Turkey exploited Ukraine’s ambitions to frame Syrian Kurds

News About Turkey - NAT
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Obsession with the Kurds made Turkish intelligence services jeopardise the interests of global powers in the region.

Major Pentagon leak last month opened a rare window into sophisticated intelligence operations conducted by the U.S. to spy on their own allies. While journalists and analysts are still busy examining the trove of highly classified documents for new details, the papers have already shed light on many behind-the-back projects and deals, including an unlikely cooperation between Turkish and Ukrainian intelligence.

The leaked files confirm that after Russia launched its military invasion in Ukraine last year, Kyiv set off to develop a plan of attacks against Russian units and facilities in Syria to force Moscow to redeploy at least some of its forces from the Ukrainian territory. In search of first-hand knowledge of the region with multiple rival factions on the ground, Ukrainian intelligence reached out to a local power house – Turkey. This choice was likely a gamble on Ankara’s love-hate relationship with Moscow and the competition between the two in Syria, where Turkey supports the opposition and Russia backs the Assad government.

Under the plan, Ukrainians would have organised a series of strikes against Russian military and supplementary facilities in Syria using drones launched either by fighters of the Syrian opposition or Kurdish Syrian Democratic Forces (SDF). It was expected that Russia would have had to send in reinforcements from Ukraine to Syria to counter the sudden threat.

Despite the risk of a blowback from Moscow, Ankara contemplated the Ukrainian request and gave Ukrainian intelligence officials instructions on how to proceed with their plan, namely what areas and factions to use for the attacks, according to the leaked documents. Turkey has advised Kyiv against launching drones from the regions controlled by pro-Turkish Syrian National Army, having suggested instead to make it appear as if the strikes were carried out by the SDF, considered a terror group and a major security threat by the Turkish government.

This idea, evidently, was more of a targeted provocation against the Syrian Kurds than an advice given with Ukraine’s best interest in mind. Indeed, if the plan had failed and those behind it revealed, at the very least it would have led to an unprecedented crisis between Russia and the SDF, which has so far refrained from any aggressive actions against the Russians. Needless to say, in case of escalation the SDF could have become a target of Russian retaliatory strikes.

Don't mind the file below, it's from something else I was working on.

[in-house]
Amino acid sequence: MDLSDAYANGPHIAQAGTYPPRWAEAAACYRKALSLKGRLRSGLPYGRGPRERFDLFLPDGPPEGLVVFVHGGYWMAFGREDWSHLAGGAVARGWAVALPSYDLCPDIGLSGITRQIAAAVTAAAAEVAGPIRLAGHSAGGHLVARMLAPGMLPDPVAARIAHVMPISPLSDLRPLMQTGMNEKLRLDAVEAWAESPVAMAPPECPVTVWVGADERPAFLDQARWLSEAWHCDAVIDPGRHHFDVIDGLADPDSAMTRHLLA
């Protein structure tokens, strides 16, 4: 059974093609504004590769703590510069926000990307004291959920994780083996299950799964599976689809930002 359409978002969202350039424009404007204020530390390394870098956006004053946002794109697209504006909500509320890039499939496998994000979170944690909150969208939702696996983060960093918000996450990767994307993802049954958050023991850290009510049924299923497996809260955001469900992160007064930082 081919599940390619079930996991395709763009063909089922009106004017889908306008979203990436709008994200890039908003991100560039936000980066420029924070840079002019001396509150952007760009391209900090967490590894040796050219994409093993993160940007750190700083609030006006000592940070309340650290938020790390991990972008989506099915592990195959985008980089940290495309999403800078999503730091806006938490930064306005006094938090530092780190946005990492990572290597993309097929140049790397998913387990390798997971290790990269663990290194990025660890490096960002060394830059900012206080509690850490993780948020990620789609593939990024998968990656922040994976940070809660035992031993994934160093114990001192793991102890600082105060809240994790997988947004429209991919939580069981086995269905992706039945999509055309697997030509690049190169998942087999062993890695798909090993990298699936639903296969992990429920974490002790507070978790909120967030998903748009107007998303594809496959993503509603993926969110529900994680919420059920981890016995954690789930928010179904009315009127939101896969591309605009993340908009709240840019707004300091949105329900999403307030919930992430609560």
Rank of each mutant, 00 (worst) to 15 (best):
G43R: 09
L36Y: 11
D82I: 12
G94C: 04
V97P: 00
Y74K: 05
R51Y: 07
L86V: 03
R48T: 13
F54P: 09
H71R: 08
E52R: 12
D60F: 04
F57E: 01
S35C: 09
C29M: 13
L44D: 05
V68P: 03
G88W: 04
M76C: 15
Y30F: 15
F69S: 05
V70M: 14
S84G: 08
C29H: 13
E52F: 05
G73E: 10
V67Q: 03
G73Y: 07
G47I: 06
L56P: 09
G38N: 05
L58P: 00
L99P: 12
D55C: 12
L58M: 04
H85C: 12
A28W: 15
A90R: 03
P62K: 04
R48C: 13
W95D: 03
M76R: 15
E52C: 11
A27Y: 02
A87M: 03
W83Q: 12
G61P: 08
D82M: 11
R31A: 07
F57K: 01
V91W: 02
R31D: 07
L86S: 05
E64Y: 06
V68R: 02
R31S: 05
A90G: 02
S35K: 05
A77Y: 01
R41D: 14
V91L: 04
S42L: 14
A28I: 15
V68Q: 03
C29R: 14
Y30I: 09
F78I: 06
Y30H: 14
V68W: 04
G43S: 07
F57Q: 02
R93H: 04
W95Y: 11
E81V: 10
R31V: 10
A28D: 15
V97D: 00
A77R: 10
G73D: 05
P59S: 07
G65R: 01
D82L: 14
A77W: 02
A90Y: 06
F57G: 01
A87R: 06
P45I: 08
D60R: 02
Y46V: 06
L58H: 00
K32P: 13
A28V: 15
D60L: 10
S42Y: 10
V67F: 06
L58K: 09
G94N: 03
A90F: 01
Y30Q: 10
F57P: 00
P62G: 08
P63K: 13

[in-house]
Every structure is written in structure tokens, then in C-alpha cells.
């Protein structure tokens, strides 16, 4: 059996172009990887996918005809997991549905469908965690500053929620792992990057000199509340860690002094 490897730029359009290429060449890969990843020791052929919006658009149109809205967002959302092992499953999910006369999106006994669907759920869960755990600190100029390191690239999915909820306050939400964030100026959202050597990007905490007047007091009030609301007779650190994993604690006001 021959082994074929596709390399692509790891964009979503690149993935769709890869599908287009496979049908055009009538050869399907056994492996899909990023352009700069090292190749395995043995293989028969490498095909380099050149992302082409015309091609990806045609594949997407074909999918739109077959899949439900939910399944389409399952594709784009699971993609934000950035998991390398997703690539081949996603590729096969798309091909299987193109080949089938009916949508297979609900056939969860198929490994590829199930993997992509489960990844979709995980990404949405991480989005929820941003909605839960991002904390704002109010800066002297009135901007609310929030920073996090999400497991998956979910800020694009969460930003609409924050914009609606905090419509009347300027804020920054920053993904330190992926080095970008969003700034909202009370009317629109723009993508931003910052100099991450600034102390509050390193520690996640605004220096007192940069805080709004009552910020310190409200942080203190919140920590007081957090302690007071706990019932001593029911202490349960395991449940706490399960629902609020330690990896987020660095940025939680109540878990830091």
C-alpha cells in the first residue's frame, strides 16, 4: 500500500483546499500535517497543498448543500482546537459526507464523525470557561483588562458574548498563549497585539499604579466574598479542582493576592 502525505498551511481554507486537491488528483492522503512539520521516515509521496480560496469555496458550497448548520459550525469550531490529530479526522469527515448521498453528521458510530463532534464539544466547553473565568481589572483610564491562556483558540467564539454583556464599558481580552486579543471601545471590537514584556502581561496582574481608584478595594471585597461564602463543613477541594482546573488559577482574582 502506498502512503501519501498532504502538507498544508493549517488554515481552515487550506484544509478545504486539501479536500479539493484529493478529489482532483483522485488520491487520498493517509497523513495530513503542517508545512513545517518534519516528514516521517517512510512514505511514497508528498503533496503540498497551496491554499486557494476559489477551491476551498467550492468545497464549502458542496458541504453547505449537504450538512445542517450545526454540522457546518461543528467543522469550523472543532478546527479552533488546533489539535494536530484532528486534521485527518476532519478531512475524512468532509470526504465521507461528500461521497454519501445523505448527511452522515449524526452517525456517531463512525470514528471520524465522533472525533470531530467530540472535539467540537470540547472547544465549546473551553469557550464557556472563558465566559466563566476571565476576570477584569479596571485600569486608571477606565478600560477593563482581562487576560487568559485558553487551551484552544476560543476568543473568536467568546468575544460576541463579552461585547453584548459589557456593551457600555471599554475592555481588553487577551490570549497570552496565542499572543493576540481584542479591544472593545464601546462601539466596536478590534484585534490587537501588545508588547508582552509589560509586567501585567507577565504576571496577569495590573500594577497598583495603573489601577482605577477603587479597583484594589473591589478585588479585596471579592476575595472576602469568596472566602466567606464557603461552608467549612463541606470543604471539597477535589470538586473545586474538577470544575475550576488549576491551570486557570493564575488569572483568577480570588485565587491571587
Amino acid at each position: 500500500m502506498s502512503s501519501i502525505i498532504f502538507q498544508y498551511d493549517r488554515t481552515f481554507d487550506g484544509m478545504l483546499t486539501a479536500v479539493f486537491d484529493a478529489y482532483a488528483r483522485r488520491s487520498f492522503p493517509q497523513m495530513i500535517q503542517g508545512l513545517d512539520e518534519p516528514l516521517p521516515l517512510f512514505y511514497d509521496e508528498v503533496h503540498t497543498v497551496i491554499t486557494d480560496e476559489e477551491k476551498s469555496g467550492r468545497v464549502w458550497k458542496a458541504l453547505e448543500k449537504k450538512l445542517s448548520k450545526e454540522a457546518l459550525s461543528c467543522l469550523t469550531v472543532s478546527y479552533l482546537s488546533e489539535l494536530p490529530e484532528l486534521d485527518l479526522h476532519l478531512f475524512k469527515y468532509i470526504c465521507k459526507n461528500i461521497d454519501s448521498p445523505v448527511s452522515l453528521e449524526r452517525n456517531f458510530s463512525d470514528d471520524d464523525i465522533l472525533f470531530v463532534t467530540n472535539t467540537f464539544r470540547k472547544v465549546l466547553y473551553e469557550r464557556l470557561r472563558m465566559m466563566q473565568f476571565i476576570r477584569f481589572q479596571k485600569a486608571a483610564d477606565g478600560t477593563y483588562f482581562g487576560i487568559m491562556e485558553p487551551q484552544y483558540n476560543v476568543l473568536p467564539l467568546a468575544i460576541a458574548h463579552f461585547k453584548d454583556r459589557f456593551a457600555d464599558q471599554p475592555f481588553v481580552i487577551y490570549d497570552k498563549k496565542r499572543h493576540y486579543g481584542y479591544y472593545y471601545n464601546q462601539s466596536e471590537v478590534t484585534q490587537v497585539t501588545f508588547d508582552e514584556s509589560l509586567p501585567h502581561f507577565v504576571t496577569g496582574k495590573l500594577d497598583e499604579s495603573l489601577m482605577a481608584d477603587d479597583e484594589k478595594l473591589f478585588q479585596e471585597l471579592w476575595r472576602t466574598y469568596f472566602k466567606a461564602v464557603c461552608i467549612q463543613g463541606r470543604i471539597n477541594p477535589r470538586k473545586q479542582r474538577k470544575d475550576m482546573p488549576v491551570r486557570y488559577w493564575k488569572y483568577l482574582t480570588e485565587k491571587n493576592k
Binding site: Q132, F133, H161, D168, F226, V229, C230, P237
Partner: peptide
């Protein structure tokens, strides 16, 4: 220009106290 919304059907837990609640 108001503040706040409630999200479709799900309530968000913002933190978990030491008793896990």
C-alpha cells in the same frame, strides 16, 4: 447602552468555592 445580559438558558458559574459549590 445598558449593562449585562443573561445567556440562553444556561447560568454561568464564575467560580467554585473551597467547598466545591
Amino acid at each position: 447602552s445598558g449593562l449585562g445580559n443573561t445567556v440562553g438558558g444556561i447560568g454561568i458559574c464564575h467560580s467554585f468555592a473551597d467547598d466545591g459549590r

Moreover, it would have pushed Russia towards a closer cooperation with Turkey and even, perhaps, a joint response to the “Kurdish terror threat”, a narrative that has been previously promoted solely by the Turkish government. Participation of the SDF in the Ukrainian plot to sabotage Russia in Syria may well have guaranteed such an outcome, considering the current sensitivity of Moscow.

The Kurds would not have been the only side to suffer. A Russian strike on SDF positions would have become a direct challenge to the Kurds’ key ally – the U.S. Any American ground and air operations in Syria would have been considerably limited by the threat of escalation from the Russians.

None of these scenarios comply with the Kurdish interests. On the contrary, they bear considerable risk of damage, both physical and metaphorical, for the SDF and the Kurdish Administration of North and East Syria. It is not surprising that the SDF spokesman Farhad al-Shami denied the claims made in the leaked documents, calling them “not real”. He stressed that the Kurds “have never been a side in the Russian-Ukrainian war”.

Nevertheless, if the leak is to be trusted, in the end the the strikes against Russian forces in Syria were vetoed by Ukrainian President Volodimir Zelensky. Among the reasons behind his reluctance to order the attack experts listed pressure from the U.S., lack of drones or doubts about whether the attack could succeed. The leaked plan has also revealed that Turkish secret services are less and less eager to coordinate their actions even with their NATO allies and are not shy of scheming to set up their partners.

Although the war in Ukraine drew attention away from the multiple crises in the Middle East, the region still remains an arena of competition among world powers. To mitigate the risk of escalation they should be warier of ill-designed actions of such regional players as Turkey, who, in an attempt to harm the Syrian Kurds stopped short of provoking a military response from Russia against primary U.S. ally in Syria.

Exclusively written for NAT (News About Turkey) by: Ahmad al-Khaled, a Syrian journalist currently based in UK.

News about Turkey offers readers different points of view. The opinion expressed in this text is not necessarily shared by NAT.

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